As 2018 closes and a new year looms the Calypso fraternity in the Caribbean region and the world has lost a number of stalwarts. Indeed, this now appears to be the passing of one era – the gilded golden age of Caribbean calypso – and the ushering in of a brand new and uniquely different musical art form. Indeed, many of the foundation builders of Trinidad and Caribbean calypso are now long in the tooth and over 70 years old.

And as they leave us, the next generation in waiting seems not to respect or even acknowledge the great contributions of these incredible men and women who are now basking in their twilight years. Just recently, about a month ago we lost the incomparable Mighty Shadow whose death brought a screeching halt to his own special brand of calypso that has stuck out as a sore thumb in the business.

Now we’ve lost yet another calypso icon in the person of the uniquely talented and charismatic Lord Superior who died in New York after a long bout with cancer, we’re told. We want to extend on behalf of CARIBBEAN TIMES NEWS and our thousands of readers and our staff our heartfelt condolence to Superior’s family and friends, his wider calypso family and the people of Trinidad and Tobago. His contributions to the growth, sustainability and development of calypso was great and substantial. He will be missed.

Born Andrew Mercano 81 years ago (1938), Superior, a cancer survivor, had fallen ill earlier this year and had been ailing for some months. Superior would have turned 81-years- old next month. His calypso career spanned 64 years. Superior, also known affectionately as “Brother Superior,” was born and grew up in Rio Claro and developed a love for calypso as a youth, listening to the songs of old time legends like King Radio, Tiger, Melody, Kitchener and Spoiler.

Always an advocate for more calypso and Soca being played on local radio, Superior labored for some 20 years to secure a radio license from the Trinidad and Tobago Government. When he was granted this license, he set up a radio station he named Superior Radio that featured calypso and Soca 24 hours a day.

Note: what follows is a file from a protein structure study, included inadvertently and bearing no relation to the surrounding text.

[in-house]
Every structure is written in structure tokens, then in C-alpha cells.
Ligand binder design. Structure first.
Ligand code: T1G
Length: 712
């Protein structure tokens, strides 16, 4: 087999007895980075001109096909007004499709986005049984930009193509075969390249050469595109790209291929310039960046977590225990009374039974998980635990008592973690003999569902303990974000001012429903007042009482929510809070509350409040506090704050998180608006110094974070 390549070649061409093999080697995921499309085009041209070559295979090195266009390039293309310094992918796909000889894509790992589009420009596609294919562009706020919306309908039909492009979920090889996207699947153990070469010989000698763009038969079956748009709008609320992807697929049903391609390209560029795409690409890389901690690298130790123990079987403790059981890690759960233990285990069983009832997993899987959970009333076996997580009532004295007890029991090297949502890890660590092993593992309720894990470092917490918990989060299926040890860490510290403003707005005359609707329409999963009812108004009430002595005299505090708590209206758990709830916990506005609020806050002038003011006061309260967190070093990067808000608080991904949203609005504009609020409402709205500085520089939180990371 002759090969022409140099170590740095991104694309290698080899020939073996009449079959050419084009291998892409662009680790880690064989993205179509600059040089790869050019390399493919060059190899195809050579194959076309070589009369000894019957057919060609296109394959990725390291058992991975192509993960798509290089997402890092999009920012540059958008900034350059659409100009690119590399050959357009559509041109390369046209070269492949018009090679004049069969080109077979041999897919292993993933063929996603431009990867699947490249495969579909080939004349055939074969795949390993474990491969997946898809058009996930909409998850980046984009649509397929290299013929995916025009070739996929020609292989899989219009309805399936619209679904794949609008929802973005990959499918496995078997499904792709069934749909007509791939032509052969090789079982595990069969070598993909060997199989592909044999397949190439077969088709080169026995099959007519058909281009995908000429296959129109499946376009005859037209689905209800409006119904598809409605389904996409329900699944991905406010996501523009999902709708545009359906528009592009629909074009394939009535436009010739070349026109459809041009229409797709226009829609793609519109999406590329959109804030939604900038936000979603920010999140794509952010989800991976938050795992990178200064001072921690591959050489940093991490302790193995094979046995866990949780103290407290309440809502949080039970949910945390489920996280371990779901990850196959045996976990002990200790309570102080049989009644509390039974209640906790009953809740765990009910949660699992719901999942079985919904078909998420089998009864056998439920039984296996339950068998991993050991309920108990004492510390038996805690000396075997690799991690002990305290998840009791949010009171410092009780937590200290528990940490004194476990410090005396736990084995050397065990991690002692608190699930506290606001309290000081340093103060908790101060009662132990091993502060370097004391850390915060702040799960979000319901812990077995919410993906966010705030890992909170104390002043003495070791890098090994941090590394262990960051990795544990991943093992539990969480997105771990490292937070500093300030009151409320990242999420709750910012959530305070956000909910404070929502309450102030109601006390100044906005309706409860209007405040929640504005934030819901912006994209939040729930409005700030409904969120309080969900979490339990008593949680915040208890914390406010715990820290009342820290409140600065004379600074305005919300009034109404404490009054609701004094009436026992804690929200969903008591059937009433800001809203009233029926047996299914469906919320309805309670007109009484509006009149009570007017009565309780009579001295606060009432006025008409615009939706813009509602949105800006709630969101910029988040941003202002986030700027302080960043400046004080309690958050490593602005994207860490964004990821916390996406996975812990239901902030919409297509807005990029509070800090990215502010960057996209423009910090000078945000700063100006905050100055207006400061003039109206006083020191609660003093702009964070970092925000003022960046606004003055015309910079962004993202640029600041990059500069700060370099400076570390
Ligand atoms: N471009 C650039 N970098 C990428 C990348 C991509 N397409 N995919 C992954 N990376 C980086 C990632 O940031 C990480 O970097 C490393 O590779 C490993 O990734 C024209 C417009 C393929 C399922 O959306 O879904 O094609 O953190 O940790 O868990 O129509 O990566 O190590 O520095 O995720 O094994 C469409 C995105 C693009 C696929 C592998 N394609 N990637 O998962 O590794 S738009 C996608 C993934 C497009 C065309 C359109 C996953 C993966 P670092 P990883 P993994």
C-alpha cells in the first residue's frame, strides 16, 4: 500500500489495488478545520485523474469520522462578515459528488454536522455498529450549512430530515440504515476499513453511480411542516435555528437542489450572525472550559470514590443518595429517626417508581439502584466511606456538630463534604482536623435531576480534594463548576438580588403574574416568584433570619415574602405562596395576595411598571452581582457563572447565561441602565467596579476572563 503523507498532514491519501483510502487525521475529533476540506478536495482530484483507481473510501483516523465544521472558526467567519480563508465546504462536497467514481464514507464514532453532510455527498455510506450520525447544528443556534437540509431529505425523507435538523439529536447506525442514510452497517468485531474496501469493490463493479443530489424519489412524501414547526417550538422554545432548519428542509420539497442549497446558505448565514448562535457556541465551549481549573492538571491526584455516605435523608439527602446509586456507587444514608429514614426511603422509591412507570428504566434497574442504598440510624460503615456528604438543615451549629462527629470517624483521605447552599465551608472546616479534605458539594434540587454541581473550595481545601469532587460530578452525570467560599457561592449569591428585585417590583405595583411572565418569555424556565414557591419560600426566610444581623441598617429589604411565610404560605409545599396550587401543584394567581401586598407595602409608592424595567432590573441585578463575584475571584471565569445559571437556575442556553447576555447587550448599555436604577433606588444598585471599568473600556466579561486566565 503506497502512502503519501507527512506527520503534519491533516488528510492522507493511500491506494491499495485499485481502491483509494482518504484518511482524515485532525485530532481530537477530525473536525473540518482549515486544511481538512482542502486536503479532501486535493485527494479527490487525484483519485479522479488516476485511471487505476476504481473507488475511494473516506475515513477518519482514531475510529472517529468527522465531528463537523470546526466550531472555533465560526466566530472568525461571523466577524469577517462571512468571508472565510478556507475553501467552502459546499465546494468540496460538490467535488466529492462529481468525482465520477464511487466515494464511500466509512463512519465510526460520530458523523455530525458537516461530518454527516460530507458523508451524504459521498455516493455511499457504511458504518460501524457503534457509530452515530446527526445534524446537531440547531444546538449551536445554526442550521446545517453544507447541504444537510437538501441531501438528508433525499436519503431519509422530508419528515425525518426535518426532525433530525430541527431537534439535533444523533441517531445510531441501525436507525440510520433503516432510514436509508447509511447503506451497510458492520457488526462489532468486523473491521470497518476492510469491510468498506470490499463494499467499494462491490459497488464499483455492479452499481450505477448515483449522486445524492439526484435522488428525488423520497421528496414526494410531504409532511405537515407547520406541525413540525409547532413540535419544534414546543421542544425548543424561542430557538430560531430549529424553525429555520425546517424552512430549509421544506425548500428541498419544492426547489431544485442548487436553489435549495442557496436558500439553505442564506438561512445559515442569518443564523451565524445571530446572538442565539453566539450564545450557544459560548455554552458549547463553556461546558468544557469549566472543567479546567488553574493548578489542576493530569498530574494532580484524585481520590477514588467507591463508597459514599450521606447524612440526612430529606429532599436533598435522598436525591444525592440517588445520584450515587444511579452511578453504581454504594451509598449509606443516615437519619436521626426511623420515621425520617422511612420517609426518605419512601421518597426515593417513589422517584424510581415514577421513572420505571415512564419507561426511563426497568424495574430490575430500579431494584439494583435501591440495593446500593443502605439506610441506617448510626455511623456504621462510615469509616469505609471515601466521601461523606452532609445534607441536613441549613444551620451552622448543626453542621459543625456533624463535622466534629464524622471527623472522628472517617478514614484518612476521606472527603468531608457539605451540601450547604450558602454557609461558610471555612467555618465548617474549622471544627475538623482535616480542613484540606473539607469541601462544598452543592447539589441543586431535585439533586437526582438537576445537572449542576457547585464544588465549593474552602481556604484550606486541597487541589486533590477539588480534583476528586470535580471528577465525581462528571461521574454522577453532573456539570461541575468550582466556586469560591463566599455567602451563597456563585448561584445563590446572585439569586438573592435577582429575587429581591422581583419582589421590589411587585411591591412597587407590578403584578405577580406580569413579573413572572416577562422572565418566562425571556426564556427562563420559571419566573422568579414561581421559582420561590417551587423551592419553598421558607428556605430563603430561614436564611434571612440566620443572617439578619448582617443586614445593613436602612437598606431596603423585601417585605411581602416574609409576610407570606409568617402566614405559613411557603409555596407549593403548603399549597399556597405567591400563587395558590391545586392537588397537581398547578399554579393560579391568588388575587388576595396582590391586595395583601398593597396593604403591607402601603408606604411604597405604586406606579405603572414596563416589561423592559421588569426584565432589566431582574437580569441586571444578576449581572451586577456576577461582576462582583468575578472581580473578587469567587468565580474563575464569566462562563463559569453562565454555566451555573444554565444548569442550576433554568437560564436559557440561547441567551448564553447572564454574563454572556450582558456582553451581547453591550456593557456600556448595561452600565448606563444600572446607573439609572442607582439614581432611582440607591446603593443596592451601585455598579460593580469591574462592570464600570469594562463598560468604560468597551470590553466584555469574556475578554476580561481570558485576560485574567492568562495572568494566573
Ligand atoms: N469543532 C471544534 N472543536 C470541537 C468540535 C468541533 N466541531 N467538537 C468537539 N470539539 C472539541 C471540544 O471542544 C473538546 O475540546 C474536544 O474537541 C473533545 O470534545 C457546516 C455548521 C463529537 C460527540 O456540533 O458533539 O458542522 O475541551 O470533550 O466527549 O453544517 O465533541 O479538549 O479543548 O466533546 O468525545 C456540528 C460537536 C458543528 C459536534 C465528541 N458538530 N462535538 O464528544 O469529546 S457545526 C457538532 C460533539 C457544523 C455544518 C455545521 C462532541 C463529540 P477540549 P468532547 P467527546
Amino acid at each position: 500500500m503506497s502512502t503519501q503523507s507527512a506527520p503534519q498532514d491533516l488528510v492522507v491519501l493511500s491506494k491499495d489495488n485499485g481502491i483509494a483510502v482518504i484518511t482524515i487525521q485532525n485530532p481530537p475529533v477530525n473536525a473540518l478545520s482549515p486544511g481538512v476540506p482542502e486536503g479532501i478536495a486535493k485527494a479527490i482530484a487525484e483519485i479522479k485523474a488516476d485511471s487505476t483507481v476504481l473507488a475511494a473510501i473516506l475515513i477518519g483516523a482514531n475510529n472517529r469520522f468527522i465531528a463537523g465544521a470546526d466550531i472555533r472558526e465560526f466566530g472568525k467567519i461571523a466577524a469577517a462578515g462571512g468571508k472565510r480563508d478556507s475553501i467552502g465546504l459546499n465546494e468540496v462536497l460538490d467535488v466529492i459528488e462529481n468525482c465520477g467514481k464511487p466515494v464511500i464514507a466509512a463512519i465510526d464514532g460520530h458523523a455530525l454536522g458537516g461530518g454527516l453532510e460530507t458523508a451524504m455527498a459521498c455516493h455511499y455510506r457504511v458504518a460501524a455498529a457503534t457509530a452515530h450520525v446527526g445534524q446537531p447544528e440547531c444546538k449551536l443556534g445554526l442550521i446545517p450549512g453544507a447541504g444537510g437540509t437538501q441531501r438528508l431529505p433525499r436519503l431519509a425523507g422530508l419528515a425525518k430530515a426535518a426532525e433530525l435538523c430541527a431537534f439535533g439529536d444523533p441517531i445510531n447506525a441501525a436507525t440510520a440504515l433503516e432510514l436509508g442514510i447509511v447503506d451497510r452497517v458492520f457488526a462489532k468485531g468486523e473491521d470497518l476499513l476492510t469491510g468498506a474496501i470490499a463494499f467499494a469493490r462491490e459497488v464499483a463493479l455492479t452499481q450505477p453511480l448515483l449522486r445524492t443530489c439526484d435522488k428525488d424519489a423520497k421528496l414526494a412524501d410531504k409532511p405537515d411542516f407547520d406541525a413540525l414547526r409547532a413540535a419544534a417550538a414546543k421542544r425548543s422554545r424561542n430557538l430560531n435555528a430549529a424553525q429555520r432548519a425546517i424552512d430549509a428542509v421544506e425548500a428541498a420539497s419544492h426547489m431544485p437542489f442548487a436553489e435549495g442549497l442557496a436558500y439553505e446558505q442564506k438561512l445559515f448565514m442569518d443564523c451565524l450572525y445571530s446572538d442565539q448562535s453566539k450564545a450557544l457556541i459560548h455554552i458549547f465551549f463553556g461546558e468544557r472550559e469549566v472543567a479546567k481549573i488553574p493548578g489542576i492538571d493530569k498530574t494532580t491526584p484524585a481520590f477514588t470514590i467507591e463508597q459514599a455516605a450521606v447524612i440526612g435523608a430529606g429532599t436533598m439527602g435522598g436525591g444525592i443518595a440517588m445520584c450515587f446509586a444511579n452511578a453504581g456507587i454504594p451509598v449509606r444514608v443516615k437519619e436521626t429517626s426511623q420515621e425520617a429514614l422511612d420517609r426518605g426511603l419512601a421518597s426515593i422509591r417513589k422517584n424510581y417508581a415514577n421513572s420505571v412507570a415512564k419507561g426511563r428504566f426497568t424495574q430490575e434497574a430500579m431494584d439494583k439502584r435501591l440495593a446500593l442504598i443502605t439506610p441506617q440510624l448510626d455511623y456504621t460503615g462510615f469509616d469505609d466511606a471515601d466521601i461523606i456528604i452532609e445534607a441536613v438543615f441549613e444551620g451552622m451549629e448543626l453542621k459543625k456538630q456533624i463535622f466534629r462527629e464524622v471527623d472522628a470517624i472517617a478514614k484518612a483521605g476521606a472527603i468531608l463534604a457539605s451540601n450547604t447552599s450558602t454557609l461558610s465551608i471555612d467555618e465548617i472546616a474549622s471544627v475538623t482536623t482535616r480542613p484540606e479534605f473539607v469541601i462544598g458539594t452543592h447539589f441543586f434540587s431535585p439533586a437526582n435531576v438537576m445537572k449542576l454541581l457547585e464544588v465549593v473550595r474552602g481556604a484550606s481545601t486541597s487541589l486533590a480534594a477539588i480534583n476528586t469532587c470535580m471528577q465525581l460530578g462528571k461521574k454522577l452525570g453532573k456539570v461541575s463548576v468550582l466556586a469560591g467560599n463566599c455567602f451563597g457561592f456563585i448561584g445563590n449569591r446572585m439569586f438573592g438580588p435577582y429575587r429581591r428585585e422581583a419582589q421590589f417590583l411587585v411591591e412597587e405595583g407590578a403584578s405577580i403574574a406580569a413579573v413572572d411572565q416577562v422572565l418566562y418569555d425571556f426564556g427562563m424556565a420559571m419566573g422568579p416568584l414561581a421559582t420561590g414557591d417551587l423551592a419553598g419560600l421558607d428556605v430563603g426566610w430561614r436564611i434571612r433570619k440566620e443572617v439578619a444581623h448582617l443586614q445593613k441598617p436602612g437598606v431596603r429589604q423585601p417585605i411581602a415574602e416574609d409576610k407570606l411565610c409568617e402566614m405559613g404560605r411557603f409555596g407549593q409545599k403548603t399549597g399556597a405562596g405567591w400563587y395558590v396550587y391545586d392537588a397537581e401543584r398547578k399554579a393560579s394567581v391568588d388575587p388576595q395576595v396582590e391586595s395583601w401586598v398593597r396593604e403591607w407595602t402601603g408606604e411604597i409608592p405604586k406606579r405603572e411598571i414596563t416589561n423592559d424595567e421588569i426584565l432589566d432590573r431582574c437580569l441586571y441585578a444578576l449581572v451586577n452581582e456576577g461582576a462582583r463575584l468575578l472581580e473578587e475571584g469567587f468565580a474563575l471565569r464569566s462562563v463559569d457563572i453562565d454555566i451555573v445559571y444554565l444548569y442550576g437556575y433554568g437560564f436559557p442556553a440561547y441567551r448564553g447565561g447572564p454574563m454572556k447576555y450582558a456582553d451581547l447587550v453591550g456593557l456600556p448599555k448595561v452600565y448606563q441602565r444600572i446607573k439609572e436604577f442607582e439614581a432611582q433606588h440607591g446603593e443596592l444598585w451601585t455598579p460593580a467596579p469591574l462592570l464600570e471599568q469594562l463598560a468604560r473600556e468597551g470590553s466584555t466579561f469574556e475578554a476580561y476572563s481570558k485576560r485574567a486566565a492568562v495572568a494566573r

As the joins his ancestors, friends, family, the musical fraternity and Trinidadians and Tobagonians everywhere are mourning his sad passing also fondly known by friends and family simply as ‘Supie’.TUCO Trinidad and Tobago issued a statement hailing Marcano’s musical genius and passionate spirit.

“For the third time in less than a month, the calypso fraternity is plunged into mourning another calypso icon, with the death of Dr. Andrew Marcano, also known in the calypso Industry as Brother Superior who passed away on Saturday 24th November 2018, after ailing for some time now.

“Supie as he was fondly called, was one of those special bards who advocated for years, that there should be more calypso played on local radio stations to the point that he labored for over twenty years until he was afforded a radio license from the government. He called his station Superior Radio and was one in those days that played calypso music twenty-four hours each day,” the statement said

Lord Superior was known for always being impeccably dressed.

“One of the bards who was always dressed to kill as we say in T&T, he will be remembered for the life of our cultural history. On behalf of the Trinbago Unified Calypsonians Organization, once again the President Mr. Lutalo Masimba and his General Council along with the entire TUCO membership, we sincerely extend our deepest condolences to his immediate family around the world and here in T&T. May the soul of the late Dr. Andrew Marcano aka The Brother Superior rest in peace with our calypso ancestors.” the statement said.

His son, Moriba Marcano said on social media that the calypso icon was a visionary of his time. “RIP Dr. Andrew ‘Lord Superior’ Marcano, my dad just passed in NY, one of his favorite places in the world, where he was set to be a star in the 1960’s before deciding to return to Trinidad in an attempt to assist the burgeoning nation in forming its cultural identity. He was a great man and a visionary of his time writing songs to help guide humanity in general and his people in specific.

“Sadly misunderstood and underappreciated, I studied the man like a text book and I only hope that his genius and goodwill will be more easily recognized in the afterlife. I loved you dad,” he said.

Lord Superior made his debut into calypso at the age of 16 singing a calypso called “Coconut” at the Victory Calypso Tent in Port of Spain. In those days he was considered to be the youngest Calypsonian to perform locally. Some of his memorable calypsoes were, Spread Joy, San Fernando Carnival, Saga T’ing, We Want A Day, Standardise Pan, Cultural Assassination and Put The Women On Top.

He was awarded the Hummingbird medal Silver in 2015 and received his Honorary Doctor of Letters at the 2017 graduation ceremony at the University of the West Indies in Trinidad. Lord Superior was considered to be the first calypsonian to produce a record on his own record label, the first to Perform at the Madison Square Gardens, in New York, USA, and the first to produce a full-length calypso musical. He also attended the inauguration of President Barack Obama as a special guest in 2009.

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